Jamie Cope recorded the 54th maximum break in snooker history and only the fourth in Scotland in his match last night against Michael Holt.

The match was on an outside table but TV cameras managed to get there in time to watch the last black go in.

He said: “This has got to be the best moment of my career so far, it felt so good to see that black go in.

“I decided to go for it from the start. When I was on 64 there was a red in baulk, I came round the table and dropped on the black. Apart from that I was never out of position.

“I held myself together really well. I had a good chance in China but missed the last red on 112. Tonight I didn’t feel like missing.

“I try to make maximums a lot in practice so that helps. Now I have to have a think about what to spend the money on.”

Cope is a prodigiously talented break-builder with over 100 maximums to his name in practice. He became the first player to record a 155 – snooker’s highest possible break – in a witnessed practice match last year.

He was on for his first pro 147 in last season’s China Open but broke down on 112.

Maximums may seem ten-a-penny due to their frequency these days. Indeed, there were only eight recorded in the 1980s but 26 in the 1990s. So far in this decade there have been 20.

However, it is still a significant achievement and Cope’s £24,000 – providing nobody equals his feat – is well deserved.

In 2004, Jamie Burnett recorded the first professional 148. How long will it be before a player makes more than 147 in a TV match?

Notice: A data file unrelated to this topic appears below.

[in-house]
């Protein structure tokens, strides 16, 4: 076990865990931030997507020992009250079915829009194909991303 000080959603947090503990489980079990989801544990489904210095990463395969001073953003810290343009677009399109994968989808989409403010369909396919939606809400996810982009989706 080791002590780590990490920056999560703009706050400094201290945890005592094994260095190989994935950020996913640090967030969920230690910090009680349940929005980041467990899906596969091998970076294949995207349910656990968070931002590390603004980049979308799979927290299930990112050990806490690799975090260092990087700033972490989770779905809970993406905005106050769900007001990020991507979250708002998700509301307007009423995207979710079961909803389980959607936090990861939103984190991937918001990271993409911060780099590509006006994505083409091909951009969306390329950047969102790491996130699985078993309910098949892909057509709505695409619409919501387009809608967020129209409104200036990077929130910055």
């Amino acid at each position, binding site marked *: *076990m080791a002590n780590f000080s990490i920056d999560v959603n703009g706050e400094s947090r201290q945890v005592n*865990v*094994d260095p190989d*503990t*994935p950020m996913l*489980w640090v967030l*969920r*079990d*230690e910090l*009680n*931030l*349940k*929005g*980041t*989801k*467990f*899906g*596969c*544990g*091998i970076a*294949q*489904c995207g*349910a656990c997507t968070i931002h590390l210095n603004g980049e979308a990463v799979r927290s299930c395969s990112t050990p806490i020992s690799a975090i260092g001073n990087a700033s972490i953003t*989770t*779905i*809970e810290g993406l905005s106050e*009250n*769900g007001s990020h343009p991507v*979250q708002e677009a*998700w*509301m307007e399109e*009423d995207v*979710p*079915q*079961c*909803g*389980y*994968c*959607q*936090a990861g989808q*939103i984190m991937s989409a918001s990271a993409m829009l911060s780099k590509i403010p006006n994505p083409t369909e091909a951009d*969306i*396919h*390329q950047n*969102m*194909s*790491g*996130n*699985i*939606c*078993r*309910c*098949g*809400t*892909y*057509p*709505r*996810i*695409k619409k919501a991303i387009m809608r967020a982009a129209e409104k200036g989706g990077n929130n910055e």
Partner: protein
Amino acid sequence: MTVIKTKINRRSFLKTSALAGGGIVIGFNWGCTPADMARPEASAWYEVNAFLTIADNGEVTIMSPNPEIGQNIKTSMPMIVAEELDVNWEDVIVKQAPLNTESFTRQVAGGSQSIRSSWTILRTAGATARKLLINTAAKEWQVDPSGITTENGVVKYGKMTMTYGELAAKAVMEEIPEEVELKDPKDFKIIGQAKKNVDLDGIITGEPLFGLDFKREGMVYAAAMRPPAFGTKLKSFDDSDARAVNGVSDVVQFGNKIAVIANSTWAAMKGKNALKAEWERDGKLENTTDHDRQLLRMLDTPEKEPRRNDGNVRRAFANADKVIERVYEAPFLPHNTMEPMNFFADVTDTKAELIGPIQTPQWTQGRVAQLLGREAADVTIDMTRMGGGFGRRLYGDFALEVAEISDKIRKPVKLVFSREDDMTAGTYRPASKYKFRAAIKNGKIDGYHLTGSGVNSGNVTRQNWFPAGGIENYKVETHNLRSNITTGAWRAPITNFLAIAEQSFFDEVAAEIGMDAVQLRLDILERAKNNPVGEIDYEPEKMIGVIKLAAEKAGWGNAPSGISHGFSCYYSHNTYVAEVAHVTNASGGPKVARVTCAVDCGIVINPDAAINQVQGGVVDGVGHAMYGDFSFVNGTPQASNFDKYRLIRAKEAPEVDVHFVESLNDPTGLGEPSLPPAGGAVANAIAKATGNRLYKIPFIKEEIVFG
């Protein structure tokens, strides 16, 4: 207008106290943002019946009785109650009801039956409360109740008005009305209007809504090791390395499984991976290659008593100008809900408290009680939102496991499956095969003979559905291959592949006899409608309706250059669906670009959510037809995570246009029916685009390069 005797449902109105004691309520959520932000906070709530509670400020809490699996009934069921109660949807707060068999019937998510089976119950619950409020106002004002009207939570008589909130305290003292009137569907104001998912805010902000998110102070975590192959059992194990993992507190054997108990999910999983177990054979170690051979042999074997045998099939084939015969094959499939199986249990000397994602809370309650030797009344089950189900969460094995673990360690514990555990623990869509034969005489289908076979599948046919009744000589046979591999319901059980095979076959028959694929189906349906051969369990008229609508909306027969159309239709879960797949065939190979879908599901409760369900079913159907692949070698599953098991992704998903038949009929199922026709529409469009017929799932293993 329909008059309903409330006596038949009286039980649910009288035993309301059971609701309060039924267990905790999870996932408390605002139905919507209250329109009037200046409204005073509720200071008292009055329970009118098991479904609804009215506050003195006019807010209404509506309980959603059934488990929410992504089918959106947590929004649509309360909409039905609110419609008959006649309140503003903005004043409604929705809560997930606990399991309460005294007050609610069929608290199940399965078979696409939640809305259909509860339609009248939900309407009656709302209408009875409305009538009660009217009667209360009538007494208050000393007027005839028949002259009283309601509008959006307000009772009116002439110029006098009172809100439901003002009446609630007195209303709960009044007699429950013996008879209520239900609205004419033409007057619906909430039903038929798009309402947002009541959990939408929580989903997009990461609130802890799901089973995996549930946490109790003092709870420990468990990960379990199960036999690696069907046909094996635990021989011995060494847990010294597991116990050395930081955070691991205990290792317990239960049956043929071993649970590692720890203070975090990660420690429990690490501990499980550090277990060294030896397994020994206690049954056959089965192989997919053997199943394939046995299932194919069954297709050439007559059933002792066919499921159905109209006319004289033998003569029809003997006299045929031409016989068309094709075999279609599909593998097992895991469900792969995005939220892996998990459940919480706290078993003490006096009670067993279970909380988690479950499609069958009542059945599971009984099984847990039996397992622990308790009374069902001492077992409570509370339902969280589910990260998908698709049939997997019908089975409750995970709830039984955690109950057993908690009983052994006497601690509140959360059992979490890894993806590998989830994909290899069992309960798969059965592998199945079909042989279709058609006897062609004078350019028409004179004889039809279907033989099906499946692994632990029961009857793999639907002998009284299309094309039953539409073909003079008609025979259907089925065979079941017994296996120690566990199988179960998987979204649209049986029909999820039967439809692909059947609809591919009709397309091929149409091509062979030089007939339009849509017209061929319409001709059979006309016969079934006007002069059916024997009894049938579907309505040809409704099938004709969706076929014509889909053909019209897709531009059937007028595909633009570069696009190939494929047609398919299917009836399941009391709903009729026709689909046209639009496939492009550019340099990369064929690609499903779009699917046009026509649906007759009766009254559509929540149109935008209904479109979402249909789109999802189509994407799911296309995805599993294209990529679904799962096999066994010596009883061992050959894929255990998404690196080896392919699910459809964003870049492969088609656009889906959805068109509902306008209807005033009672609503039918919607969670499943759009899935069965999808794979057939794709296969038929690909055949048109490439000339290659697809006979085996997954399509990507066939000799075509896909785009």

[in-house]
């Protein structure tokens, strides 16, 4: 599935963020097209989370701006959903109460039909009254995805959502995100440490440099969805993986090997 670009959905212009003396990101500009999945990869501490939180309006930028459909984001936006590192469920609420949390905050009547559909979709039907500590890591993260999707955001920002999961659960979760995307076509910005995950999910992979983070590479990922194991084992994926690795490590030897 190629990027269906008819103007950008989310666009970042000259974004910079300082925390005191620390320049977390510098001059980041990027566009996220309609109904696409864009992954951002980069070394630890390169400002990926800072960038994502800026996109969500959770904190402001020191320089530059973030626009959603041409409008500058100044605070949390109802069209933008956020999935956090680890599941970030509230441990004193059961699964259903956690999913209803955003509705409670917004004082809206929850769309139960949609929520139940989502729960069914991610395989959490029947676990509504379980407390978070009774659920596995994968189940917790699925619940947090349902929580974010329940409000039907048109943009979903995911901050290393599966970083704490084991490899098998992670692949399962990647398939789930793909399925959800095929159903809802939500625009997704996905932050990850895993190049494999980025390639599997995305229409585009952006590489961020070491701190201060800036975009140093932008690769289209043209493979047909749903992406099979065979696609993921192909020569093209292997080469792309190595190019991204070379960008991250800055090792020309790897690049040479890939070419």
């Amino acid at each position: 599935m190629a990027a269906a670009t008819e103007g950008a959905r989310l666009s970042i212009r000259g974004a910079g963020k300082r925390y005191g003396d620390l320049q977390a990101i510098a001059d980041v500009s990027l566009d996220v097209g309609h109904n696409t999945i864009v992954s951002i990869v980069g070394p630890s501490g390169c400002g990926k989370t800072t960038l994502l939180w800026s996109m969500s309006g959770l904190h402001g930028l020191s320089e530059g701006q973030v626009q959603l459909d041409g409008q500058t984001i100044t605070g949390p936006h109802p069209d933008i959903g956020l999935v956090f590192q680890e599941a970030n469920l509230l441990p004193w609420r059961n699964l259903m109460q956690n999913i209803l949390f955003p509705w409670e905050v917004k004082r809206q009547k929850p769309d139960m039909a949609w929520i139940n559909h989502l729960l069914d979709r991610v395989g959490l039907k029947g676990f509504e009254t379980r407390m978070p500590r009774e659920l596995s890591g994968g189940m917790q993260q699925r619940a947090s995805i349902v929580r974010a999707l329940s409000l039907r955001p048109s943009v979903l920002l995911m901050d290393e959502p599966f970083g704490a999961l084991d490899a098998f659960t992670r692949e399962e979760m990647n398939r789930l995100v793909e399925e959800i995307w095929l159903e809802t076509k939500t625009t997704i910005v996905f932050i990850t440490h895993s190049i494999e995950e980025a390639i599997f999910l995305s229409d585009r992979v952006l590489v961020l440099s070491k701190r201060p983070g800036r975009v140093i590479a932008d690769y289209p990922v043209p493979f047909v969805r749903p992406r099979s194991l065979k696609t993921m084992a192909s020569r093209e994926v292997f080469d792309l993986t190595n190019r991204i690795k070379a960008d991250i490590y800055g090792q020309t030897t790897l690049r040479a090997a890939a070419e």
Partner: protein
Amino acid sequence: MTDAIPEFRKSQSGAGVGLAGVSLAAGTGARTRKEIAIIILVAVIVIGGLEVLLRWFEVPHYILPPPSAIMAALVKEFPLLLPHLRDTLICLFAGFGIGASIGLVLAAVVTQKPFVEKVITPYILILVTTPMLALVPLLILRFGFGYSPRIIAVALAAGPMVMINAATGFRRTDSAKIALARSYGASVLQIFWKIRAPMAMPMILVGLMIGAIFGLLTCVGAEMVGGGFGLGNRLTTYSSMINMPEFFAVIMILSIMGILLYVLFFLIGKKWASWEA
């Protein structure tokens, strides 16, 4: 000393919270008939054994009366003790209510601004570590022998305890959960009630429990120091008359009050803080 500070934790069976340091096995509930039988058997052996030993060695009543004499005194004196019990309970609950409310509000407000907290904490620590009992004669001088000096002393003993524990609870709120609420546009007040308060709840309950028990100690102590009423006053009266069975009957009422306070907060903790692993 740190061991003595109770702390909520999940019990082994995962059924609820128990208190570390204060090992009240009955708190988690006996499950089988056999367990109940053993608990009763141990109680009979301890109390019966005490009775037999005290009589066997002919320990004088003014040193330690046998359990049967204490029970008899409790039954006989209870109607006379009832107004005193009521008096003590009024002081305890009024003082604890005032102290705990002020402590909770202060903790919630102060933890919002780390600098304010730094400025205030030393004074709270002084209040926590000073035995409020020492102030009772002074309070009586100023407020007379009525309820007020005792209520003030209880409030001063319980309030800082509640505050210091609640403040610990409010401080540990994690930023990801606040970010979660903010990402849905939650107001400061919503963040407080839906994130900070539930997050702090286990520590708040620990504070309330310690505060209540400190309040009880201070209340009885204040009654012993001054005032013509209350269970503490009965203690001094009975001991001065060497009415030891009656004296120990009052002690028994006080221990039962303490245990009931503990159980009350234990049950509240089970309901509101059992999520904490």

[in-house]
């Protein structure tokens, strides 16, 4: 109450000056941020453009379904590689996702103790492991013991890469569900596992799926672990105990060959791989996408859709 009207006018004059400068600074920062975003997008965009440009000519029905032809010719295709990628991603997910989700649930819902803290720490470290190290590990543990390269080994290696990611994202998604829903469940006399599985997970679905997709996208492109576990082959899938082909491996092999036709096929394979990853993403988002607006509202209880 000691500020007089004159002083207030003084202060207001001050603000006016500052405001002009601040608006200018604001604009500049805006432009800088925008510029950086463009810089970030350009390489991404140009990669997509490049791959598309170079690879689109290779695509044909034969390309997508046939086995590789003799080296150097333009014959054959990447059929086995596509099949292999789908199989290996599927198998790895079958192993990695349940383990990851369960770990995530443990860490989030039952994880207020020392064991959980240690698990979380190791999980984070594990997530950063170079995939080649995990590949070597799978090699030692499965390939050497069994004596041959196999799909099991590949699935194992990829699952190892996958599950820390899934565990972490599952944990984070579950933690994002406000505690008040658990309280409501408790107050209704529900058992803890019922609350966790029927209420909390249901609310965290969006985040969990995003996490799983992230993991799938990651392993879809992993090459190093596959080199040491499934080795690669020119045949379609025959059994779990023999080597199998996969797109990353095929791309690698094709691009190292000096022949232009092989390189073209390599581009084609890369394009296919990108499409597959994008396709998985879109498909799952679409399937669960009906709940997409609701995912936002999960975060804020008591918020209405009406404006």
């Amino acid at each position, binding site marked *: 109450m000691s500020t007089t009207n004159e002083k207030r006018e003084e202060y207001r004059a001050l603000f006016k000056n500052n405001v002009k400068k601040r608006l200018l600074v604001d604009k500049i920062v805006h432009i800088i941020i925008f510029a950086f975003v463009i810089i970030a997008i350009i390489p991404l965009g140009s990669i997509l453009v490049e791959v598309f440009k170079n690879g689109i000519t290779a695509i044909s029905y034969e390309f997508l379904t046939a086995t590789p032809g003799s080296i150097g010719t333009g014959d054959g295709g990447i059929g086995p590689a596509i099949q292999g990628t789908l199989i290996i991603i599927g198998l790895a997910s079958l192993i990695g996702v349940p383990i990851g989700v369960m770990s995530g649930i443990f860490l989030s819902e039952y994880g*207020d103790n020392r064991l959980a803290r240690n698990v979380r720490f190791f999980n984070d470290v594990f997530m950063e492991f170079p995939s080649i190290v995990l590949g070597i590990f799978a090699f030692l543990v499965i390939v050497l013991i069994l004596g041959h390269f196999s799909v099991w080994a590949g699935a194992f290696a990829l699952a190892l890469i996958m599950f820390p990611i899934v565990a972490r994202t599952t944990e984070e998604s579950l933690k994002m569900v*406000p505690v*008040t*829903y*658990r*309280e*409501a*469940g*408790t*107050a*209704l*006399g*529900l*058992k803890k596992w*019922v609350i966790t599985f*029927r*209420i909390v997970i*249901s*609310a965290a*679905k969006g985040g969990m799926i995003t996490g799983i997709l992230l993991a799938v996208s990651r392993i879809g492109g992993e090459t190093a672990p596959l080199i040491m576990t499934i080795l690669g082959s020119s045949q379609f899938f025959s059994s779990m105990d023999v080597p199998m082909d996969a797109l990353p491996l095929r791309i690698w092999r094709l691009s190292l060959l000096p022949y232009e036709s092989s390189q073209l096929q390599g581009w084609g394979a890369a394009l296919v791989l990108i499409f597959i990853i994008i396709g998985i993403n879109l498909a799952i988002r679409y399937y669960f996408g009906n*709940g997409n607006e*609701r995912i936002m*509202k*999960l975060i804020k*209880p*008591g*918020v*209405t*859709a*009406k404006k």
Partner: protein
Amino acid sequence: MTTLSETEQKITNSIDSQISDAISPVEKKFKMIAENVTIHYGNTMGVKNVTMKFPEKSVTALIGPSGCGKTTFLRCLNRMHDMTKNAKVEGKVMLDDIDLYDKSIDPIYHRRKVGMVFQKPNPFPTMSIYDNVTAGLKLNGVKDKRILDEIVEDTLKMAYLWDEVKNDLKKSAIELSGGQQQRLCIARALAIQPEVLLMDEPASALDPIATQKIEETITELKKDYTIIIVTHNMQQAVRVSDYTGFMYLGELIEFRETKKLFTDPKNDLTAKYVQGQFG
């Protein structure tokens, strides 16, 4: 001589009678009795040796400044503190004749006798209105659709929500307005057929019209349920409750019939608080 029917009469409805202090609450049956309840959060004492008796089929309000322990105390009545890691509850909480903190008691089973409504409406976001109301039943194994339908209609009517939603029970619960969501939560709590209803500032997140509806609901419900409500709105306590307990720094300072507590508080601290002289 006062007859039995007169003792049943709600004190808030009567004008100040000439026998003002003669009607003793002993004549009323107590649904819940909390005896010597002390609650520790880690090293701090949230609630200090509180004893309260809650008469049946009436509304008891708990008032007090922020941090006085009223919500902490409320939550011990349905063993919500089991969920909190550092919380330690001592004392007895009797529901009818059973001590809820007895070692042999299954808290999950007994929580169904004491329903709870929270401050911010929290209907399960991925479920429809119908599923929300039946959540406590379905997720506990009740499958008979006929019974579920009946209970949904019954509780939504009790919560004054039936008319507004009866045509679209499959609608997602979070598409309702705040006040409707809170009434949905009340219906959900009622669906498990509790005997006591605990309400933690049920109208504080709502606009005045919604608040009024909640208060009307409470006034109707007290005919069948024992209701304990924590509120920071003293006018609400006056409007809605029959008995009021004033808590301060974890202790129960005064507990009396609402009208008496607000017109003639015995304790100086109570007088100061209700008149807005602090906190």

Anonymous said...

Just an appreciative thanks to you Dave for providing these updates and your regular blogs.

I will link to your blog from our website truelevel.net and encourage as many as I can to visit.

Dave H said...

Many thanks, Bill

Anonymous said...


As soon as Cope had hit the magical figure I had to find out how much he got paid for it?

Didn't Burnett in the UK Championship get somewhere in the region of £3,000 because it was in the first week of two and, thus, it was the qualifiers. Did someone then go on to make it and get a much bigger payout...?

I remember Stephen Maguire hitting a 147 in Scotland in the International Open.

Thanks, Joe

Dave H said...

Jamie Burnett didn't get a penny in fact because there was no pre-televised high break prize.

World Snooker later offered him - get this - train tickets to York to spend a day at the UK Championship: all this for recording the highest ever break in tournament snooker history.

Oddly enough he declined.

Anonymous said...


I cannot believe that - I've never heard something so ridiculous!

And I thought the FA were bad.

They probably offered him tickets to watch the match featuring the player that beat him!

That is the best story I've heard in a while.

Thanks for the laugh, Joe